Hail The Villain

Hail The Villain top 20 songs


Hail The Villain biography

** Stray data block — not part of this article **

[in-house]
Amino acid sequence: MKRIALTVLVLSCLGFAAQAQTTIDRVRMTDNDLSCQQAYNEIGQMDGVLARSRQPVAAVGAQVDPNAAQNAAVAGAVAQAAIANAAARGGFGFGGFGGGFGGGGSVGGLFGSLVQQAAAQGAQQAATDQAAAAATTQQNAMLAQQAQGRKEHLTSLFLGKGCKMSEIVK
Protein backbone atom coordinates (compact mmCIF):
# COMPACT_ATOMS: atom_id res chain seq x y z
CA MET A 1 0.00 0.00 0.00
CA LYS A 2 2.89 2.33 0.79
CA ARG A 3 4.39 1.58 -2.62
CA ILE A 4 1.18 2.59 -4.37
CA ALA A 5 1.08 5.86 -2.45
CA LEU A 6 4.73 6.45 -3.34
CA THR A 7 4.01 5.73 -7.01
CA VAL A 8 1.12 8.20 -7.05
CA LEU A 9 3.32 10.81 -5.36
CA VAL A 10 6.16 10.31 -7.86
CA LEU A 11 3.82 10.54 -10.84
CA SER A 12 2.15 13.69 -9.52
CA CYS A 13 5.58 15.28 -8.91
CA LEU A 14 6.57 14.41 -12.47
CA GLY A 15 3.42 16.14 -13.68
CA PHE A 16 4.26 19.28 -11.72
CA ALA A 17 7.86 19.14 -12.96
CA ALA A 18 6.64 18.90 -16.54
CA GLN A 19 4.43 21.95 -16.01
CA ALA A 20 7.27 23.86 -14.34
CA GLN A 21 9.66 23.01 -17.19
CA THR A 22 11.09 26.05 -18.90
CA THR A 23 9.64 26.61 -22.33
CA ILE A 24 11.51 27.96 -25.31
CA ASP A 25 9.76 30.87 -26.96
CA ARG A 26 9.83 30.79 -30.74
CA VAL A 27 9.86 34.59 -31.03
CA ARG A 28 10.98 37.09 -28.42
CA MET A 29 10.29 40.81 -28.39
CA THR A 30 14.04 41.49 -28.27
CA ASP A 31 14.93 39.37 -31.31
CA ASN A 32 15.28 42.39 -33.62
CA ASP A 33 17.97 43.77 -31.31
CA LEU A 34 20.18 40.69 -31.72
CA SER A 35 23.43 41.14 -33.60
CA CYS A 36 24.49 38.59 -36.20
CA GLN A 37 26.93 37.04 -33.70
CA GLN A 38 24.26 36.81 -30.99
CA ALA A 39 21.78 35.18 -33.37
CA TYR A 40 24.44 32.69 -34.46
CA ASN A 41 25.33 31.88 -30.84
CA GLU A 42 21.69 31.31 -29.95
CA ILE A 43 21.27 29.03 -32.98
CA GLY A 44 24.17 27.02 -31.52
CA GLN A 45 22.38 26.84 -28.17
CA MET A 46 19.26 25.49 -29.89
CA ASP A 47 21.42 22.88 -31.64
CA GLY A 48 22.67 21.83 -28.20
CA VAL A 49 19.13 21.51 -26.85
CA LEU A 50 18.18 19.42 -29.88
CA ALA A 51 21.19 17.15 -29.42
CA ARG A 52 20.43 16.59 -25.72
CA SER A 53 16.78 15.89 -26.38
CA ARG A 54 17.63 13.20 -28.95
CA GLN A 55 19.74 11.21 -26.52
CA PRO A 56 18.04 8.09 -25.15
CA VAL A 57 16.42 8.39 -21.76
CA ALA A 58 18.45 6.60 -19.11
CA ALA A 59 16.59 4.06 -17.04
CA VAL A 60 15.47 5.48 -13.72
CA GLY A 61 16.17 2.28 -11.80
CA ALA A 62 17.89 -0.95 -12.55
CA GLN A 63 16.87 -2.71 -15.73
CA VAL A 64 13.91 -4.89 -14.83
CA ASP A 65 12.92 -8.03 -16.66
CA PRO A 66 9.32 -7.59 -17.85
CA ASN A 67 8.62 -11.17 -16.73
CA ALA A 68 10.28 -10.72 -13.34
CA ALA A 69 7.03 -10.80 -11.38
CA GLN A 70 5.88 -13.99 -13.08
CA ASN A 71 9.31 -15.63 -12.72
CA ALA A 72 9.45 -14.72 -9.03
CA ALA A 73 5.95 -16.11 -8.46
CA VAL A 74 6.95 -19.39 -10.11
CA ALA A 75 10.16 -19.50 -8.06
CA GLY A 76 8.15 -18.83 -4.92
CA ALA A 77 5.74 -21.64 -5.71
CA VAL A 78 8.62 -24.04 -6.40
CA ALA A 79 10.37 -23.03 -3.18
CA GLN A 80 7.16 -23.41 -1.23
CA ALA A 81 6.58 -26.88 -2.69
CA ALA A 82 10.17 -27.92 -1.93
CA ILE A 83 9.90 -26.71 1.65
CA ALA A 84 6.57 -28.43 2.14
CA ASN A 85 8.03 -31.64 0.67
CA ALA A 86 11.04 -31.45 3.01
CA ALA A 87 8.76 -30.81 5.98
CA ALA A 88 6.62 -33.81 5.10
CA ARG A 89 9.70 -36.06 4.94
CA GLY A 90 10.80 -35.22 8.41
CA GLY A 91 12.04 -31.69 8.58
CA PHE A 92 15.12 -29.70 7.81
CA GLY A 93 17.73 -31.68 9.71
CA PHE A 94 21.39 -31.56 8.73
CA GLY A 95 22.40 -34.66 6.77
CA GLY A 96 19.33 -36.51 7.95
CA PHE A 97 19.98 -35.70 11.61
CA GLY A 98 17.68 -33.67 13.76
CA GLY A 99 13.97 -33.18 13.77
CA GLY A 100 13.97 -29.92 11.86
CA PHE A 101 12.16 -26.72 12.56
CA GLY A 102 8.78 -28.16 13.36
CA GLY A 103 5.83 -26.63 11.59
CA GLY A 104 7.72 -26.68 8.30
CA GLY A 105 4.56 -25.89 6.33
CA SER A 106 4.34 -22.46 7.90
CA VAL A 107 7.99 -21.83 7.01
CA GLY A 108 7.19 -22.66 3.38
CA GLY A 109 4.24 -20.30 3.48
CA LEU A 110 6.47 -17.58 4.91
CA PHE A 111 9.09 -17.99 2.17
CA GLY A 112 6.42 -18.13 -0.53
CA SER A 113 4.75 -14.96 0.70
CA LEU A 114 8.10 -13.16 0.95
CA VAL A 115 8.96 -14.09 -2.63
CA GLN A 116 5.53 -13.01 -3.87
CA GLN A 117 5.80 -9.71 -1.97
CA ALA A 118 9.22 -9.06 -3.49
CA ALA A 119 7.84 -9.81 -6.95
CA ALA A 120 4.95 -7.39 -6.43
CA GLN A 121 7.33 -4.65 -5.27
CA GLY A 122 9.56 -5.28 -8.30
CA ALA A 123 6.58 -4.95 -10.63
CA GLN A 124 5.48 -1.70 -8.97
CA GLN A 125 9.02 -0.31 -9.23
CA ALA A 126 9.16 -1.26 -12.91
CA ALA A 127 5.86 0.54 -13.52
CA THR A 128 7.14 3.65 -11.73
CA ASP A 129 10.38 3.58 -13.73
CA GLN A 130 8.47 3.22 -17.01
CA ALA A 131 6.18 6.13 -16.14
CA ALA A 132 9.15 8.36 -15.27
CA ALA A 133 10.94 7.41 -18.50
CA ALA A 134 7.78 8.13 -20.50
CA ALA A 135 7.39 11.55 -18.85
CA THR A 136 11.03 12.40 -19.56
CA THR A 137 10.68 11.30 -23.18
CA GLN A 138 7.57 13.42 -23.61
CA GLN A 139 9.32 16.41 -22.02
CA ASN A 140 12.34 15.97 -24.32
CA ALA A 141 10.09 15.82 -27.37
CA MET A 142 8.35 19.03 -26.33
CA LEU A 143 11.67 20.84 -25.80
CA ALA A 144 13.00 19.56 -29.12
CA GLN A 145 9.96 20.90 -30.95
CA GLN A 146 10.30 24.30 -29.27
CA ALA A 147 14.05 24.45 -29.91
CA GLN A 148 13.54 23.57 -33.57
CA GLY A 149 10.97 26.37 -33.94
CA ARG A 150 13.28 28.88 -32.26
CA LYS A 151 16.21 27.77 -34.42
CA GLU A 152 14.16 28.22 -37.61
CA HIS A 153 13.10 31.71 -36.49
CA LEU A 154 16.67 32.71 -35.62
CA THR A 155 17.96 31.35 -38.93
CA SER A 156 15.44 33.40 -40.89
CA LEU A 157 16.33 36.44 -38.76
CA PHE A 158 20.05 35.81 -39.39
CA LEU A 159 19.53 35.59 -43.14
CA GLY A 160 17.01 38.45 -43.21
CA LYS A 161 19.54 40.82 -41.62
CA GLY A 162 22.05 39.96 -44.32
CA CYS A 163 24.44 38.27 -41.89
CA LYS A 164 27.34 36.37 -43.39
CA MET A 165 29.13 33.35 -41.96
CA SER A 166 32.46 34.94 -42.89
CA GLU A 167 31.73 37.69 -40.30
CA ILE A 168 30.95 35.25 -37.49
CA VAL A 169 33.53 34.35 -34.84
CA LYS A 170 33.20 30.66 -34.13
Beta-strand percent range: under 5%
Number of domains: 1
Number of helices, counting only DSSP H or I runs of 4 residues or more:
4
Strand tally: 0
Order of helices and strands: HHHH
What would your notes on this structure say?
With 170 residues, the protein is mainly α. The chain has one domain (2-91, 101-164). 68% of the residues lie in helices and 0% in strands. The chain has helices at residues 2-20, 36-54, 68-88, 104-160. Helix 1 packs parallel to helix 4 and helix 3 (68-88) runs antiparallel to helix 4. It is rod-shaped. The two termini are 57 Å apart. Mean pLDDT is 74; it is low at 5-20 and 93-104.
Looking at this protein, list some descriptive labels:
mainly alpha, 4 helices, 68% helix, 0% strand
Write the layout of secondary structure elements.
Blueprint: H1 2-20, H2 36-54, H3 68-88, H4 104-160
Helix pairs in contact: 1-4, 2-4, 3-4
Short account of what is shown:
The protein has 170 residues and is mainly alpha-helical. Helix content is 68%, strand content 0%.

“They say the singer should calm the fuck down,” says singer Bryan Crouch. “But it’s not enough to just be a good band. It’s about putting in the extra effort. It’s saying to the audience ‘I ain’t quitting so you better not quit. You better shout and scream because that’s what makes the show better.’” Hail The Villain is a band with big ideas. They aren’t satisfied with writing songs, making an album and going out on tour. They want to create an entire Hail The Villain universe that includes not only the music, but a dynamic live show, animated videos, a comic book, a unique interactive website, and maybe even a movie someday. “Most people are going to aim for what’s attainable,” says Crouch. “For us, it’s aiming for what’s unattainable.” Hail The Villain attack their career with the same hard-nosed approach you’d expect from growing up in Canada’s automobile manufacturing town of Oshawa, Ontario. From the moment they finished recording their debut album, they have been pain-stakingly involved in all creative elements that connect to fans in their vision. The band came together in 2003 when Bryan Crouch quit school and used his parent’s student loan to record an album under the name Mr. Nobody Soon. Crouch played most of the instruments on the album, but needed to put a group together to perform live. He first turned to his childhood friend Chad Taylor to play bass. Guitarist Joseph Stamp made a musical connection with Crouch during a chance meeting at a local club. He had been working behind the scenes in a recording studio, and was dying to strap on his guitar again. Joseph reached out to his friend Drew Dockrill to play drums and the journey began. “We were very much a hired support band,” says Chad. “But soon enough we started writing together.” “Joe made it clear from the start that he’s a writer and that he’s not going to be pushed to the side”, recalls Crouch. “And I made it clear that if you’ve got a better song, bring it to the table. It’s been that way ever since in the band – best idea always wins.” One day while jamming, Joe played a new riff on his guitar. The rest of the band fell in step and that riff became “My Reward”. That moment of epiphany helped the band find its path. “I always found that the “My Reward” sound was the direction we really liked,” explains Crouch. “Its got the march, its got the stomp, its got the four on the floor – all the things we love about hard rock.” Over the next couple of years the Villains continued to work on their songs, but it wasn’t until they met producer Darryl Romphf and Engineer Alex “Condor” Aligizakis that they felt confident that their sound and energy could be captured on record. After flying in from Vancouver for pre-production, Darryl, Condor, and the band moved to a farm in Dashwood, Ontario where they set up a hi-tech studio in a barn. As the music had gotten heavier and edgier, Crouch’s lyrics also became darker and far more personal. “When I was writing, I was under a lot of stress and was paranoid as fuck,” says the singer. I thought my health was not right, I thought I was in trouble. I made so many crazy mistakes instead of choosing the right path like my brother did. We all dropped out of school… I was just freaking out. This record was the be all and end all. If this didn’t work, I’d have to find a job and smarten up.” Darryl pushed Bryan to embrace these feelings and express them in his lyrics. “For the first time in my life I actually said it. Everything from ‘Swan Dive’, which I will never talk about because it’s so incredibly personal, to ‘Take Back The Fear’, which was when I was coming out of my paranoia saying that I’m not going to be scared anymore. I’m going to find out what’s wrong.” While designing the artwork, the band discovered that they had given birth to far more than the twelve songs on the record. “Normally I would do the graphic design for the band” says Taylor. “I tried different concepts but they all looked pretty generic. Joe came up with the idea of doing the CD artwork like a comic book, and it grew from there. Drawing inspiration for the album’s songs, the band created a tale of hate, lust and deceit. They gave the characters life and then set out to give them form. Enter Rune Entertainment, an animation production house. With the band, they created the shocking animated video for the first single “Take Back The Fear”, a Hail The Villain comic book, and a groundbreaking interactive website (www.hailthevillain.com). In the spring of 2009, Hail The Villain inked a record deal with Warner Music Canada, and by the summer Roadrunner Records had come on board to release the album in the United States. Population: Declining will be released in the summer of 2010 along with the rest of the Hail The Villain universe. “I think the audience wants artists that are more than just a band that they’re going to forget about six months after their first hit single,” says Crouch, always insisting on the last word. “It even keeps me excited because I don’t even know what we’re going to do next. It’s going to be some stupid conversation with some stupid idea, and then ‘BOOM’.” Hail The Villain is no longer together Bryan left the band do to vocal injuries, and is now with Six Side Die.

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